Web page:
MEED magazine said that the Kuwait Integrated Petroleum Industries Company (KIPIC) is re-adjusting its strategy regarding the distribution process of the $16 billion Al-Zour refinery project, in order to meet the domestic demand for energy amid rising global gas prices.

Some of the storage tanks that were to be among the last parts of the project to be rolled out online have now been allocated as a high priority, and will be brought online on a fast schedule, reports a local Arabic daily.

A source said that Al-Zour Refinery exports now sells larger quantities of low-sulfur fuel oil to the local power station due to the high prices of imported gas to Kuwait.

The source added, “There was a decision to reprioritize parts of the project in order to facilitate the sale of larger quantities of low-sulfur fuel to the power plant, and some storage tanks, which were previously classified as low priority, were allocated as export tanks to the power plant and were classified now as a higher priority, exports to the domestic power plant have already become a very successful component of the project.” Note that exports to the power station started three months ago.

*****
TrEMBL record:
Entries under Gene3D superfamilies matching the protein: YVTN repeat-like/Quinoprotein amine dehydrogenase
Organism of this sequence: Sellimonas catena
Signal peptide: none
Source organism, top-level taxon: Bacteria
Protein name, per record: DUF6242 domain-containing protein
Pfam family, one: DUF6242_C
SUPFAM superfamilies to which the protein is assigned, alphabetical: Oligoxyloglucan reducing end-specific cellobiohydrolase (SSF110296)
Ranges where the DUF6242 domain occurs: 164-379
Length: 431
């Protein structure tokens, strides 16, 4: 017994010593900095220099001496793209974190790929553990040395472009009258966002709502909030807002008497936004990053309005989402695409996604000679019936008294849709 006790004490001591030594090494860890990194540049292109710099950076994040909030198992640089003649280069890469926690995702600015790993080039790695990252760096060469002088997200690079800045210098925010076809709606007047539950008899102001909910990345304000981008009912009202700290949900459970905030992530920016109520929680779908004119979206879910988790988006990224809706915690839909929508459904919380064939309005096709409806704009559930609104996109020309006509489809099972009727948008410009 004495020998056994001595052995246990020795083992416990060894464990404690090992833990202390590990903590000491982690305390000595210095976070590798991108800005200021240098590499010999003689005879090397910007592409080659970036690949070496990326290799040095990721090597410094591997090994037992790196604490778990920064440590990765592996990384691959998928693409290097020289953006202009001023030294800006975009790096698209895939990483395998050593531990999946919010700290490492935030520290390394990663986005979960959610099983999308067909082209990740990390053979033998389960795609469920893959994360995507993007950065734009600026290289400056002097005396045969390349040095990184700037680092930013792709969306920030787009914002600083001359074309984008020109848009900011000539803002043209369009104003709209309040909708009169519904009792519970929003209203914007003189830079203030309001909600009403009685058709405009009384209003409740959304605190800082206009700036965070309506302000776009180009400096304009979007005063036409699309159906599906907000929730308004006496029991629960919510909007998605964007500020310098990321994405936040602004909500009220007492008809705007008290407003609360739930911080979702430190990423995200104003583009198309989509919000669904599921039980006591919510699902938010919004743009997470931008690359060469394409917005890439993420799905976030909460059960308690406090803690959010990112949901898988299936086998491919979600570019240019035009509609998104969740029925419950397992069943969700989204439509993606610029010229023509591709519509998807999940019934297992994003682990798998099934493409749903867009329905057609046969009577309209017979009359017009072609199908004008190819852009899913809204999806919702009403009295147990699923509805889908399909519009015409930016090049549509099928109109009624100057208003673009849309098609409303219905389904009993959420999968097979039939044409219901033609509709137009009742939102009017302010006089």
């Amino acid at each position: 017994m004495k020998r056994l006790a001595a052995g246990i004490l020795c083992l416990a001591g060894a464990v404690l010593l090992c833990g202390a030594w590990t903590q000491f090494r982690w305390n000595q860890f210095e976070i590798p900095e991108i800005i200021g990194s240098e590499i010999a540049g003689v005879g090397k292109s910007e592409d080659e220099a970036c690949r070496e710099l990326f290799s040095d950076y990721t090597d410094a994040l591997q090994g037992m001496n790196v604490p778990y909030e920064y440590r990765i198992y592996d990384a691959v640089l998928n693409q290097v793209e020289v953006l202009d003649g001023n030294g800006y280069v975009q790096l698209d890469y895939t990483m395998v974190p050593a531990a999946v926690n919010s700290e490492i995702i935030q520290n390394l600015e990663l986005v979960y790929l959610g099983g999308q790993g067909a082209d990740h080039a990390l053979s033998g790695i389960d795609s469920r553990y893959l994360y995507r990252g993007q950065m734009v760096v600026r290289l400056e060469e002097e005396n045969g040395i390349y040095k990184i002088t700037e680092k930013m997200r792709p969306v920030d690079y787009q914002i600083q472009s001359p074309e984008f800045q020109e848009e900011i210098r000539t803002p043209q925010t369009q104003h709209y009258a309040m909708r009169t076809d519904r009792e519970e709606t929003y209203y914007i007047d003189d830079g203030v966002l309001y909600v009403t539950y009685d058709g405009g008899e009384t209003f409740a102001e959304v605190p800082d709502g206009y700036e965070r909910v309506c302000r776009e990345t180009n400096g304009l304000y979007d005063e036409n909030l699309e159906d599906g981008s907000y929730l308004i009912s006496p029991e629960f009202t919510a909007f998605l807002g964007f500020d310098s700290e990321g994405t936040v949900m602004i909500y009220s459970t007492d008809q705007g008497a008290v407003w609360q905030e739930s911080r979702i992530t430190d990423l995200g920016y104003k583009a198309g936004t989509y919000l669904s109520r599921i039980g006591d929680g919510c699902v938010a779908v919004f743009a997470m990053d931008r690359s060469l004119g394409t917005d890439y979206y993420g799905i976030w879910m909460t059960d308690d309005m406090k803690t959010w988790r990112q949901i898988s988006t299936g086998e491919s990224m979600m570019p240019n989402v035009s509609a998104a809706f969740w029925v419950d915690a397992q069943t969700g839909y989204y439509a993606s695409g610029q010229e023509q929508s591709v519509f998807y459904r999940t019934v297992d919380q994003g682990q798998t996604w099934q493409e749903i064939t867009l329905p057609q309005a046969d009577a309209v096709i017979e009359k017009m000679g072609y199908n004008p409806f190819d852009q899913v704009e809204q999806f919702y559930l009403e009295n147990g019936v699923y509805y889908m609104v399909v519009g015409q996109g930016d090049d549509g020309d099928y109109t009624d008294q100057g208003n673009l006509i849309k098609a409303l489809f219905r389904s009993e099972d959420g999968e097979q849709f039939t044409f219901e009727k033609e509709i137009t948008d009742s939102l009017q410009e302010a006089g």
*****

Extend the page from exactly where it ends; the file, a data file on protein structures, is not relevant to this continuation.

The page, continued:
The MEED report indicated that a decision to rearrange priorities was taken by the operational and strategic planning units of the Kuwait Petroleum Corporation. One of the sources said: “It was always envisaged that the power plant would consume low-sulfur fuel oil from the refinery, but it was originally understood that the power plant would run mainly on gas and it would be added with low sulfur fuel oil.

Earlier in September, KOC acting CEO Khaled Al-Otaibi said the company aims to increase natural gas production to meet domestic demand. The source added: “With the world recovering from the disruptions caused by the Covid-19 pandemic, the demand for oil and gas returned to its pre-pandemic levels in 2019.

In this high-price environment, the company is determined to increase its production of natural gas in line with KPC’s strategy to meet the domestic demand for energy. In 2021, Kuwait imported over 7.7 billion cubic meters of natural gas, according to information provided by UK energy producer BP, 35.5% more than it imported the previous year.

The GCC has seen an annual growth rate in gas imports of 9.8% since 2011. With global energy prices rising in the past two months, natural gas imports have become a growing concern.

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